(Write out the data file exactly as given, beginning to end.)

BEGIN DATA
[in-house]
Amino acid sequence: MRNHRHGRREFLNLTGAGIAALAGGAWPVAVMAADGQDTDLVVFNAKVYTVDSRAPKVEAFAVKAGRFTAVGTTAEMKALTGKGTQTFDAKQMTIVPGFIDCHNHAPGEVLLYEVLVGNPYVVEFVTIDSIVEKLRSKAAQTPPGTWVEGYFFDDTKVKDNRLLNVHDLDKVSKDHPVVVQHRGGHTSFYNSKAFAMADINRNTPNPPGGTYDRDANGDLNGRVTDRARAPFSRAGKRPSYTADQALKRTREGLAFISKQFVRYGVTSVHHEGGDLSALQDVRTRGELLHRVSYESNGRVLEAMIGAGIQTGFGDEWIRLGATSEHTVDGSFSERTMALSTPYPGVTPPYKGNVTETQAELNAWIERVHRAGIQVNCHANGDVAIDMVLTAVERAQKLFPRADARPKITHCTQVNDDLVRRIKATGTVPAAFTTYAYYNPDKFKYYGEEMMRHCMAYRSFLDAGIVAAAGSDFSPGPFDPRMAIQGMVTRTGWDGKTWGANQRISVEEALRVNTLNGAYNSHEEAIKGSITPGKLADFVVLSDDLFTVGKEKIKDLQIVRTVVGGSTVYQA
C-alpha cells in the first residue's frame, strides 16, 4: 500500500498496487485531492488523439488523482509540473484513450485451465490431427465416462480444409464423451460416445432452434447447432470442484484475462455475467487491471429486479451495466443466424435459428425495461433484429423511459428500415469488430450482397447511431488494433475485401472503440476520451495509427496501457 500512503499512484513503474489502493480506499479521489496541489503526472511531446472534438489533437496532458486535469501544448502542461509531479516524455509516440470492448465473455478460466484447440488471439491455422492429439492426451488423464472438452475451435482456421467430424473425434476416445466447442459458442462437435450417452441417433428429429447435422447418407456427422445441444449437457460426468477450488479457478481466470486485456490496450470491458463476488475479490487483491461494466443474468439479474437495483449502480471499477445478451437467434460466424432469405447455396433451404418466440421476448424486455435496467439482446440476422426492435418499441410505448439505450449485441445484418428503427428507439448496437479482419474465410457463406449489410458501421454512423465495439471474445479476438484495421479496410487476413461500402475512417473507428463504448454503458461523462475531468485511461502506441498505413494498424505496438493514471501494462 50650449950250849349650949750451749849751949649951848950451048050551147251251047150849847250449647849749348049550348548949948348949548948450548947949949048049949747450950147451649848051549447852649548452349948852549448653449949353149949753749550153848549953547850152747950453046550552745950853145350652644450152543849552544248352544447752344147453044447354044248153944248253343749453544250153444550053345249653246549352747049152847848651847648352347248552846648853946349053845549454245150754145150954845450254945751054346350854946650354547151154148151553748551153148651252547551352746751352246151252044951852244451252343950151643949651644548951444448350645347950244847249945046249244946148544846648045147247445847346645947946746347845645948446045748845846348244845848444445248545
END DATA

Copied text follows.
[in-house]
Amino acid sequence: MRNHRHGRREFLNLTGAGIAALAGGAWPVAVMAADGQDTDLVVFNAKVYTVDSRAPKVEAFAVKAGRFTAVGTTAEMKALTGKGTQTFDAKQMTIVPGFIDCHNHAPGEVLLYEVLVGNPYVVEFVTIDSIVEKLRSKAAQTPPGTWVEGYFFDDTKVKDNRLLNVHDLDKVSKDHPVVVQHRGGHTSFYNSKAFAMADINRNTPNPPGGTYDRDANGDLNGRVTDRARAPFSRAGKRPSYTADQALKRTREGLAFISKQFVRYGVTSVHHEGGDLSALQDVRTRGELLHRVSYESNGRVLEAMIGAGIQTGFGDEWIRLGATSEHTVDGSFSERTMALSTPYPGVTPPYKGNVTETQAELNAWIERVHRAGIQVNCHANGDVAIDMVLTAVERAQKLFPRADARPKITHCTQVNDDLVRRIKATGTVPAAFTTYAYYNPDKFKYYGEEMMRHCMAYRSFLDAGIVAAAGSDFSPGPFDPRMAIQGMVTRTGWDGKTWGANQRISVEEALRVNTLNGAYNSHEEAIKGSITPGKLADFVVLSDDLFTVGKEKIKDLQIVRTVVGGSTVYQA
C-alpha cells in the first residue's frame, strides 16, 4: 500500500498496487485531492488523439488523482509540473484513450485451465490431427465416462480444409464423451460416445432452434447447432470442484484475462455475467487491471429486479451495466443466424435459428425495461433484429423511459428500415469488430450482397447511431488494433475485401472503440476520451495509427496501457 500512503499512484513503474489502493480506499479521489496541489503526472511531446472534438489533437496532458486535469501544448502542461509531479516524455509516440470492448465473455478460466484447440488471439491455422492429439492426451488423464472438452475451435482456421467430424473425434476416445466447442459458442462437435450417452441417433428429429447435422447418407456427422445441444449437457460426468477450488479457478481466470486485456490496450470491458463476488475479490487483491461494466443474468439479474437495483449502480471499477445478451437467434460466424432469405447455396433451404418466440421476448424486455435496467439482446440476422426492435418499441410505448439505450449485441445484418428503427428507439448496437479482419474465410457463406449489410458501421454512423465495439471474445479476438484495421479496410487476413461500402475512417473507428463504448454503458461523462475531468485511461502506441498505413494498424505496438493514471501494462 50650449950250849349650949750451749849751949649951848950451048050551147251251047150849847250449647849749348049550348548949948348949548948450548947949949048049949747450950147451649848051549447852649548452349948852549448653449949353149949753749550153848549953547850152747950453046550552745950853145350652644450152543849552544248352544447752344147453044447354044248153944248253343749453544250153444550053345249653246549352747049152847848651847648352347248552846648853946349053845549454245150754145150954845450254945751054346350854946650354547151154148151553748551153148651252547551352746751352246151252044951852244451252343950151643949651644548951444448350645347950244847249945046249244946148544846648045147247445847346645947946746347845645948446045748845846348244845848444445248545